Leveraging ESG issues to build brands.
In two recent exits, new capacity around ESG issues and management enhanced the brands. Capacity building played a role in each case.
Axalta. Carlyle created a stand-alone company after carving out a division from DuPont and rebuilt an ESG program including investing in new products with lower environmental footprints.
Vogue International. Carlyle mentored employees at a small, founder-owned company as they learned to navigate the world of sustainability expectations, particularly from large customers such as Walmart and Target. Environmental considerations were integrated seamlessly into key business objectives such as customer satisfaction, brand equity, marketing and communications and new product development.
New products meet customer needs
Carlyle acquired Axalta, formerly known as DuPont Performance Coatings, in February 2013 and took the company public in late 2014. One of the first orders of business in the carve-out of Axalta was drafting an inaugural sustainability report. Carlyle supported the Axalta team in telling the company’s story in a way that resonated with various stakeholders, from customers to environmental groups.
In 2016, Axalta published its second sustainability report, spanning developments in 2014 and 2015. Significantly expanding on the scope of the first report, Axalta was able to successfully connect sustainability to its brand because of earlier efforts to understand emerging customer preferences related to sustainability and early insights into larger environmental trends affecting its customers.
Axalta’s sustainability focus resulted in a range of new products:
3-Wet Coating System. This system saves customers time, space and energy by reducing drying time during painting, typically the most energy-intensive part of car manufacturing.
Waterborne and low-VOC coatings. Due to increased attention from regulators and the public, volatile organic compounds (VOCs) are an emerging environmental concern. Axalta directed its R&D efforts to find ways to reduce the environmental footprint of paints and coatings and succeeded in developing paint lines based on either waterborne or higher solids systems— which can eliminate or reduce VOC emissions significantly. Axalta is now a market leader, with close to 30 percent of the global waterborne coating market. In 2015, approximately 3.5 million vehicles in 31 automotive assembly plants, operated by many of the world’s leading light vehicle manufacturers, were painted using low-VOC coatings applied with Axalta’s Harmonized Coating Technologies™.
Vacuprime.® These powder primers offer a revolutionary technology that provides a foundation for a bright chrome appearance, replacing time-consuming, toxic chrome plating. There are virtually no VOCs or hazardous air pollutants used or generated in the process. In addition to environmental benefits, the use of Vacuprime® technology can significantly reduce the weight of the finished part, which improves fuel efficiency.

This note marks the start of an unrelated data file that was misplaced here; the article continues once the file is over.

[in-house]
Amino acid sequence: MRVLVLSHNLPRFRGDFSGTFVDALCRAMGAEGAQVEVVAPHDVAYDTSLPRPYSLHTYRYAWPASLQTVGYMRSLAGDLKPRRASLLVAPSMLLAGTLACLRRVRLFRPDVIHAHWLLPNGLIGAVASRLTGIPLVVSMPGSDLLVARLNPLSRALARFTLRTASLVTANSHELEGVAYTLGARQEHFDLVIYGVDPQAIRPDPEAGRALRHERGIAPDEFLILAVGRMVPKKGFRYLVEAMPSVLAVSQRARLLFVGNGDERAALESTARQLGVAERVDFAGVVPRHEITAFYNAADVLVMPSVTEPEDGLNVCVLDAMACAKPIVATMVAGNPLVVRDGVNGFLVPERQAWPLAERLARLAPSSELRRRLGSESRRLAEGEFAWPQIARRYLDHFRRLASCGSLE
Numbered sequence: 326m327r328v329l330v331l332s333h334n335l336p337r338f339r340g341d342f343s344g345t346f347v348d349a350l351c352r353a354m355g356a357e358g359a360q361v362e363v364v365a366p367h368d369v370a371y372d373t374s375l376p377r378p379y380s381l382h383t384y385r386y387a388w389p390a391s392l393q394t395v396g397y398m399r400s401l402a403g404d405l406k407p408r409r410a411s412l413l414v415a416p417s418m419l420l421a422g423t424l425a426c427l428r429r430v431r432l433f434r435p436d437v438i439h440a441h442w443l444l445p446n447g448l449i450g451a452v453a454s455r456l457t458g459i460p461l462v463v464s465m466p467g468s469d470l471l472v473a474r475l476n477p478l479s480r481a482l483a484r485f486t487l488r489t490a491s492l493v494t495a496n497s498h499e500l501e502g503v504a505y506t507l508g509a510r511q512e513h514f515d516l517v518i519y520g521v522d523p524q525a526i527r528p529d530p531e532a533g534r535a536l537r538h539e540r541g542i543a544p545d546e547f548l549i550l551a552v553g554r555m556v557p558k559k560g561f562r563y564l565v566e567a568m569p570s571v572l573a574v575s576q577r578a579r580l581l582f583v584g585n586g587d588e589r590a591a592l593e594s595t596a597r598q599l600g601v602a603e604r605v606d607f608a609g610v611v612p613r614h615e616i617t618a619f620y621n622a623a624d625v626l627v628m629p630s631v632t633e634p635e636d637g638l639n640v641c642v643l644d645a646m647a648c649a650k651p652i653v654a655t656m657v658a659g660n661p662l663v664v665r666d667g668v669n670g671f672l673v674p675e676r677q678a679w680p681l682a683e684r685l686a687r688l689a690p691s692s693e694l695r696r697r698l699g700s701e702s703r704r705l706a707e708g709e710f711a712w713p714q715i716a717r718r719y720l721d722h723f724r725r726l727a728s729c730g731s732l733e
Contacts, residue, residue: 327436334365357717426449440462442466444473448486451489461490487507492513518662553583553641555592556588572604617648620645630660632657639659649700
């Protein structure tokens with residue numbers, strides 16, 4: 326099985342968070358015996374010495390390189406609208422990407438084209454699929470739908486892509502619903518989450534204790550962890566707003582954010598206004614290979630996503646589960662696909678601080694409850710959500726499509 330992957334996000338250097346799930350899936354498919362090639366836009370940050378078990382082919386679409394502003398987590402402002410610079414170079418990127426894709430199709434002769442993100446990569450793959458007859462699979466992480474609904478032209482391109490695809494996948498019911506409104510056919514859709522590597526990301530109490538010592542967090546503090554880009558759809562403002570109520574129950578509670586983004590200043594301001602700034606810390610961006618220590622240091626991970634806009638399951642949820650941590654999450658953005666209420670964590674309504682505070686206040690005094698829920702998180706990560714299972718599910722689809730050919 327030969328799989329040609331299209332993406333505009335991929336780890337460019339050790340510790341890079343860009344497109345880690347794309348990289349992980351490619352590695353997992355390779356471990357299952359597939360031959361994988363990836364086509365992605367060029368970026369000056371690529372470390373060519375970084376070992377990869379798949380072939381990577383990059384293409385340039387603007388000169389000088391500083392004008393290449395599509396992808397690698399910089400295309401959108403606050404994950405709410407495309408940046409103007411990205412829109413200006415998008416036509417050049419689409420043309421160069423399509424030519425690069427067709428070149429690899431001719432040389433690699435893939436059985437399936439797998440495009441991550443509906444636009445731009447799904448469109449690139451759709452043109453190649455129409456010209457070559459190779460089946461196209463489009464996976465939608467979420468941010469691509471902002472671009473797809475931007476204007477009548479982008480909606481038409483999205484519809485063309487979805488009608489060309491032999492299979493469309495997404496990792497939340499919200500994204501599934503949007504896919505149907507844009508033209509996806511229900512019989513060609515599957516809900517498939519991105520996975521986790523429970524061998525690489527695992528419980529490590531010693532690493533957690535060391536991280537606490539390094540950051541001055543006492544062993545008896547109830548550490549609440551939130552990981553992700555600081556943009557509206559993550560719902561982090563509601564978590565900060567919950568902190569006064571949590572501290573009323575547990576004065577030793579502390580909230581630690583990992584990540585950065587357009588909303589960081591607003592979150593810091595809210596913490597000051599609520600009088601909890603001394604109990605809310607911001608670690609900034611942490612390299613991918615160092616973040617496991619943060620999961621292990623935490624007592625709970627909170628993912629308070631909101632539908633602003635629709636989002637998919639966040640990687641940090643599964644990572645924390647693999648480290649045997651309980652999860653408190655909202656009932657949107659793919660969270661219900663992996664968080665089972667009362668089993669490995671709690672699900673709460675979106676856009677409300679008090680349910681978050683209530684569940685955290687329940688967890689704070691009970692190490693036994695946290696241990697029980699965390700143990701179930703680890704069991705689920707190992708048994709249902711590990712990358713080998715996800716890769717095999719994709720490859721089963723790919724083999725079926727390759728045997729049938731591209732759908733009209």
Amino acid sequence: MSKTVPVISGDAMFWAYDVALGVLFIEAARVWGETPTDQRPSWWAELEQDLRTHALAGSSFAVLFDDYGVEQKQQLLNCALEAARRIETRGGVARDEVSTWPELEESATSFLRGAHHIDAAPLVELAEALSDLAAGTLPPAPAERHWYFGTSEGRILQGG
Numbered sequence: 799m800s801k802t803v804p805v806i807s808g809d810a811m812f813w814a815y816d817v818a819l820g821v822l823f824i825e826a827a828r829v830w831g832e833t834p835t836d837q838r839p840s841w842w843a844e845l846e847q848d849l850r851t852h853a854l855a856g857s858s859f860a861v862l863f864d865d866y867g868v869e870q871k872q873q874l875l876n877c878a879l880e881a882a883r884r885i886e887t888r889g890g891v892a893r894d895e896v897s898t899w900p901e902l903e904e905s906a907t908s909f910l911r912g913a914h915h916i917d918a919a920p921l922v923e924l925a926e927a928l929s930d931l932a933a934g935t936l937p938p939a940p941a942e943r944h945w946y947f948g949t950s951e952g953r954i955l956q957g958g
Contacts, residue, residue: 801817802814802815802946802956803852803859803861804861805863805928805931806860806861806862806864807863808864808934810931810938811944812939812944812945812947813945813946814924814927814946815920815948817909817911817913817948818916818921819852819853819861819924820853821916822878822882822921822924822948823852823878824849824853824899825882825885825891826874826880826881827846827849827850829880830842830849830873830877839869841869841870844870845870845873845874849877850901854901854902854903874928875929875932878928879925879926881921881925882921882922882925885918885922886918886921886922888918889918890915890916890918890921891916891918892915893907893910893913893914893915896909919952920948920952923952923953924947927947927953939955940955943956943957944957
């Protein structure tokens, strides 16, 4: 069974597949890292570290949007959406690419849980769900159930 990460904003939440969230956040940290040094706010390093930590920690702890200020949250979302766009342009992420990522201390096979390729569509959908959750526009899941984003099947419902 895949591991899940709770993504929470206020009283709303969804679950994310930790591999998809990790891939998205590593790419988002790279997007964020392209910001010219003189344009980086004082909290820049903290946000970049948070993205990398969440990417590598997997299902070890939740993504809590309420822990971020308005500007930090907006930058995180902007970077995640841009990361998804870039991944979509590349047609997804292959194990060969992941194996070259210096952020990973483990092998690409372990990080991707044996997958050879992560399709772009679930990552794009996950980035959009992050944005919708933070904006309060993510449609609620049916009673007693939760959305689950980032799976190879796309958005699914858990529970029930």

Alesta® Cool™ powder coatings. When darker colors are required in architectural applications, metal temperatures can heat up. Axalta developed its Alesta® Cool™ range of powder coatings to reduce heat transfer with darker colors. This product decreases the total solar reflection and heat transfer by as much as 20% and surface temperature by as much as 20° C, reducing energy costs for cooling and increasing the lifespan of the coating on the structure.
With robust reporting practices established and the bevy of value-adding ESG innovations described here, Axalta was well positioned for its IPO.
Leveraging sustainability to improve position with customers
In 2014, Carlyle invested in Vogue International, a fast-growing personal care company that sells its products into the food, drug and mass channels, including Walmart and Target.
That same year, Walmart expanded its “Sustainability Index” program to personal care products, scoring suppliers on the sustainability performance of their products. Because other retailers such as Target also score products on sustainability, Vogue and Carlyle quickly realized that it would be important to perform well on these supplier scorecards—and that there was room to improve on Vogue’s initial scores, particularly given Vogue’s focus on unique and natural ingredients.
Carlyle shared its resources to help Vogue improve its sustainability scores and support the team in understanding sustainability issues and opportunities. The Vogue team, with Carlyle support, developed sustainability policies for the company and its suppliers, codifying certain practices already in place.
The company increased its commitment to transparency through its website, which began disclosing detailed lists of ingredients. To seek healthier ingredients, Vogue began a new initiative for integrating sustainability criteria into product development and continuously monitoring evolving cosmetic science. Vogue also expanded its use of greener packaging labels and began reporting to CDP (formerly known as the Carbon Disclosure Project) which required surveying its own energy consumption and the practices of suppliers.
In addition to facilitating the creation of great products, these changes moved Vogue from the bottom quartile into or near the top quartile in Walmart’s sustainability indexes.
In May 2016, Vogue founder and CEO Todd Christopher and Carlyle agreed to sell the company to Johnson & Johnson Consumer Inc.